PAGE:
Immigrants are not commodities. Tell Essex County to storp treating the people in their custody like items on a balance sheet. Tell them to stop profiting from immigration detention
For years, ICE has been using Essex County and the private for-profit company Community Education Centers (CEC) to detain 1250 immigrants in the Essex County Jail and the neighboring privately run Delaney Hall.
It is not a coincidence that CEC has donated hundreds of thousands of dollars to the campaigns of Essex County politicians or that one of its primary lobbyists was Chris Christie or that Christie’s close friend and ally, Bill Palatucci who until recently was a Sr. VP for CEC.
Since its signing, Essex County officials have been celebrating the new contract because it raises revenues and despite a claim that the revenue will help lower property taxes, the property taxes in Essex County have continued to go up every year.
This contract incarcerates long time Essex county residents with significant ties to the community and split apart local Essex county families. Just over 23% of Essex County’s population is foreign born, according to the most recent data from the US Census Bureau. Of this population, 71% have been in this country since before 2000 and 54% are not yet US Citizens.
We the undersigned oppose the new ICE Contract in Essex County. The Essex County Freeholders are treating immigrants as commodities, by trading their liberty for increased revenue for the county and wash their hands of any responsibility for oversight of the Essex County Jail. However, credible complaints about inhumane conditions in the jail persist as well as inadequate access to clergy, family and lawyers.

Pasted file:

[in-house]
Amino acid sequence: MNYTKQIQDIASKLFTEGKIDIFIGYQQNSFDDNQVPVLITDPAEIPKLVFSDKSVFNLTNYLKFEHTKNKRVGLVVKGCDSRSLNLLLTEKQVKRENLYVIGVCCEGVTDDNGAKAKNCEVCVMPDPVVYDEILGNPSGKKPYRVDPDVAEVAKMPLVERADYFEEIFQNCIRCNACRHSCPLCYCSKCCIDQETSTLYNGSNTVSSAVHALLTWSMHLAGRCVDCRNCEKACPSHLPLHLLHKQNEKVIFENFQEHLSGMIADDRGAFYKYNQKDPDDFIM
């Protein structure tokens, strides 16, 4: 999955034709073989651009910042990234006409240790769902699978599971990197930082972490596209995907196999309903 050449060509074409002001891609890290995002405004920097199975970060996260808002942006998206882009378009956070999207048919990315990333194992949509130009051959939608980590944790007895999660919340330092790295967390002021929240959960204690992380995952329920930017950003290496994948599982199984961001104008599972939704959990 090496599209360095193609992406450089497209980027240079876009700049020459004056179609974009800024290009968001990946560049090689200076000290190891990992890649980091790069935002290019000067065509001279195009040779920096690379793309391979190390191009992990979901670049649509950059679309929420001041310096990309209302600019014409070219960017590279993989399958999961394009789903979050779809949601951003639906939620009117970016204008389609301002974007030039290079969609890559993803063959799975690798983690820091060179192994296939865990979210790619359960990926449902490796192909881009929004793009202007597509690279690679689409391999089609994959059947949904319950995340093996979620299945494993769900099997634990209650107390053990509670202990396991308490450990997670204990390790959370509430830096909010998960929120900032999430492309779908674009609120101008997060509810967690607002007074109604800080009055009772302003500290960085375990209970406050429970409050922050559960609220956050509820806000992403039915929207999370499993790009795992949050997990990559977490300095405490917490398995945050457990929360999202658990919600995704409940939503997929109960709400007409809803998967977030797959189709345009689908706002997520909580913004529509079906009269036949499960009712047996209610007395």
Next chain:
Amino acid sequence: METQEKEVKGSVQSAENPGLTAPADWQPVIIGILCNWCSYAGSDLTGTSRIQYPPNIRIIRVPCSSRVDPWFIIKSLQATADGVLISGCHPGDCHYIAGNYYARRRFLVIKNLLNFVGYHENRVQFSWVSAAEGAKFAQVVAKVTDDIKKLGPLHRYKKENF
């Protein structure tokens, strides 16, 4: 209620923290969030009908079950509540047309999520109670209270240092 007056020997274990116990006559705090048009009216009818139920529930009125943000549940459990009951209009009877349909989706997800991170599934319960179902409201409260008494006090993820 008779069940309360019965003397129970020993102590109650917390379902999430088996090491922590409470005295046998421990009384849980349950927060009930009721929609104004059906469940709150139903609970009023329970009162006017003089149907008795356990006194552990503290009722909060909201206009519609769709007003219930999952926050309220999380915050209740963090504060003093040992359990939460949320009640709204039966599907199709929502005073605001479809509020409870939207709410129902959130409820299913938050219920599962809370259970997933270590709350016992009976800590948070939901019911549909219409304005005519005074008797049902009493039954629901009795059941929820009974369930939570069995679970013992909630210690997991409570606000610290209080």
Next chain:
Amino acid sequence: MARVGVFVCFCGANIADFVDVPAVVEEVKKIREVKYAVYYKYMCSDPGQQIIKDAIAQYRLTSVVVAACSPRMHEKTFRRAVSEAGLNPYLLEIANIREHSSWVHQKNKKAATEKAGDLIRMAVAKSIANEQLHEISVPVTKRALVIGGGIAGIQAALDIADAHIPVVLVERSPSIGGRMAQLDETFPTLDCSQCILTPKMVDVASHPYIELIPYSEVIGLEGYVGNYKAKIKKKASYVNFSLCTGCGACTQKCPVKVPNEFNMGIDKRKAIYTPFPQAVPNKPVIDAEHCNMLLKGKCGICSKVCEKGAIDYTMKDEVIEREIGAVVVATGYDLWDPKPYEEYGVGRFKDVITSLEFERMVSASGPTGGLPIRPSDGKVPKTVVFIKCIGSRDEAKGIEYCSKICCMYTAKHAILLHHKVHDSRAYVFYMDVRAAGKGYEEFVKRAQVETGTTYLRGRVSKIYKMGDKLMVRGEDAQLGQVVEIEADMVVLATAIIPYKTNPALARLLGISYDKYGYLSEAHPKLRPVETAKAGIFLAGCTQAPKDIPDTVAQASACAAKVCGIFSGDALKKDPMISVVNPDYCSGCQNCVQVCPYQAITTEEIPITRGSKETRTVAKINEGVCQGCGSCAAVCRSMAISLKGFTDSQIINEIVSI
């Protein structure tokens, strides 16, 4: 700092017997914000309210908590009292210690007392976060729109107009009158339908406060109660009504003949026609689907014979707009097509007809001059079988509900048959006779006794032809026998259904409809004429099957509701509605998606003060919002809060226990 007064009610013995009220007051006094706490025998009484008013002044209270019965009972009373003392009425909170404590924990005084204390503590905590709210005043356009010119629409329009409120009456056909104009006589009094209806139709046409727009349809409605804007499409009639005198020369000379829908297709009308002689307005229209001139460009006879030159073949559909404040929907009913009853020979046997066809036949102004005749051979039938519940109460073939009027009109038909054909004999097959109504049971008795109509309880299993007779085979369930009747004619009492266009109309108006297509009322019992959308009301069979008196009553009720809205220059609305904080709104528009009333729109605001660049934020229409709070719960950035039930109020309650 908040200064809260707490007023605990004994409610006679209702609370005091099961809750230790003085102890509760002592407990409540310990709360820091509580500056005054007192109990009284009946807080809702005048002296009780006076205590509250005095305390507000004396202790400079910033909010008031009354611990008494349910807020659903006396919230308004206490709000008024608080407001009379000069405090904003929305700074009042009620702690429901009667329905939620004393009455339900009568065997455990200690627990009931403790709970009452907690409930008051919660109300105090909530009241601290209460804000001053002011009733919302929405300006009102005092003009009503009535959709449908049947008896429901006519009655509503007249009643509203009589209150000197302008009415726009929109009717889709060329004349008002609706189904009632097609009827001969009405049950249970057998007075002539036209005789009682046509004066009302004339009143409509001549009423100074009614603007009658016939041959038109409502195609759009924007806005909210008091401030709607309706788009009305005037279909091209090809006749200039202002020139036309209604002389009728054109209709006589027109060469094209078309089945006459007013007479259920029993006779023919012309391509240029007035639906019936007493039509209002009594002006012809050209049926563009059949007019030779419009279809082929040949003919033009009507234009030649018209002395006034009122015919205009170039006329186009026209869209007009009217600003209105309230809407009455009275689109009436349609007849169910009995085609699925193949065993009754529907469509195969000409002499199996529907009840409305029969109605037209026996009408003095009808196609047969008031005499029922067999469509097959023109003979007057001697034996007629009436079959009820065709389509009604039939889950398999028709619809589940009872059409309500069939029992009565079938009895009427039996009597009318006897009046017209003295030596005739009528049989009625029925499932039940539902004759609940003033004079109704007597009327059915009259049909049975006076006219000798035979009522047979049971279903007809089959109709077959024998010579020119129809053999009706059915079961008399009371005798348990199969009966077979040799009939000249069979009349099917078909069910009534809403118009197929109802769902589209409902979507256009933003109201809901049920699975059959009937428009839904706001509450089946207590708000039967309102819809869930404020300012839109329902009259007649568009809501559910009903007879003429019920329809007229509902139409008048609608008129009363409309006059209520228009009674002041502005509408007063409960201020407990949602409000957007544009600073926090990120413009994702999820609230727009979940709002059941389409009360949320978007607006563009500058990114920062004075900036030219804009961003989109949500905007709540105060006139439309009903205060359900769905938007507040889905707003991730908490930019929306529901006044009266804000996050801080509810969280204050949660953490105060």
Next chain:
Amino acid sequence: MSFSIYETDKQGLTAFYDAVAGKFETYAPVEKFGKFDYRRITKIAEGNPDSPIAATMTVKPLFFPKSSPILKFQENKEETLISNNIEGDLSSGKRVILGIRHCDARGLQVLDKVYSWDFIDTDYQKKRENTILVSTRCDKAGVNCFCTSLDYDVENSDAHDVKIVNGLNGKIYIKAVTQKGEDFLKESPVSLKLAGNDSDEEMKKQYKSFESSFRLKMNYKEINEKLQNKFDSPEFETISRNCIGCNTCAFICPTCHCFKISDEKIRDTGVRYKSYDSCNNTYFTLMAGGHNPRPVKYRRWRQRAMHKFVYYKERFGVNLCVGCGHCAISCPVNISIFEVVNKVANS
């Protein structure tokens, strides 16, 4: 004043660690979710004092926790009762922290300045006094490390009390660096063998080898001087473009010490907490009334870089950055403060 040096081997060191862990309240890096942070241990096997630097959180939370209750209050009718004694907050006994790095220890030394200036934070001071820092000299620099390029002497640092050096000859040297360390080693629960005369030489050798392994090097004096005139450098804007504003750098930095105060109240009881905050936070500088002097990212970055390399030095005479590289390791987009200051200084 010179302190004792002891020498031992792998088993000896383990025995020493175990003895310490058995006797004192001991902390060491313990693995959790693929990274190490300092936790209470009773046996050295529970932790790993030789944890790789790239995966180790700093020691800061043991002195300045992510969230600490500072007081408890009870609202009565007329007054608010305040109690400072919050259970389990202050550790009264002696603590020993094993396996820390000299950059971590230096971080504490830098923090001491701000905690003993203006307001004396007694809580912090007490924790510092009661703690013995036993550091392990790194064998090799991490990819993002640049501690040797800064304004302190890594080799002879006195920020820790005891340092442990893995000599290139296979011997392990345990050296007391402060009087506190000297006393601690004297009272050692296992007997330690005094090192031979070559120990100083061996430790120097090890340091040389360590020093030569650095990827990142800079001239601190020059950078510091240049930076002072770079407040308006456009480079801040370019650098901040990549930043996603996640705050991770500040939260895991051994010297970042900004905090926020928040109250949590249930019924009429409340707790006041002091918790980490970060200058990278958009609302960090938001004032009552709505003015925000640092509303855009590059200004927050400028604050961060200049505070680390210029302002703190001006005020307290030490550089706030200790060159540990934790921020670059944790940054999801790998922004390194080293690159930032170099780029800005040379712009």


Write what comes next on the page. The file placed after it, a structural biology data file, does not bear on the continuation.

We the undersigned demand that the Essex County Freeholders revoke the contract with ICE and implement a community oversight board to work toward immediately improving conditions at the jail for immigrant detainees so as to include:
· Visiting hours that include evenings and weekends
· Contact visits for family members
· No restrictions on visits, phone calls, and other contact with lawyers and clergy
· Adequate mental and physical health care
· Healthy food that complies with dietary restrictions and religious observances
· Unrestricted access to communal religious services
· Regular outdoor recreation free from exposure to hazardous environmental conditions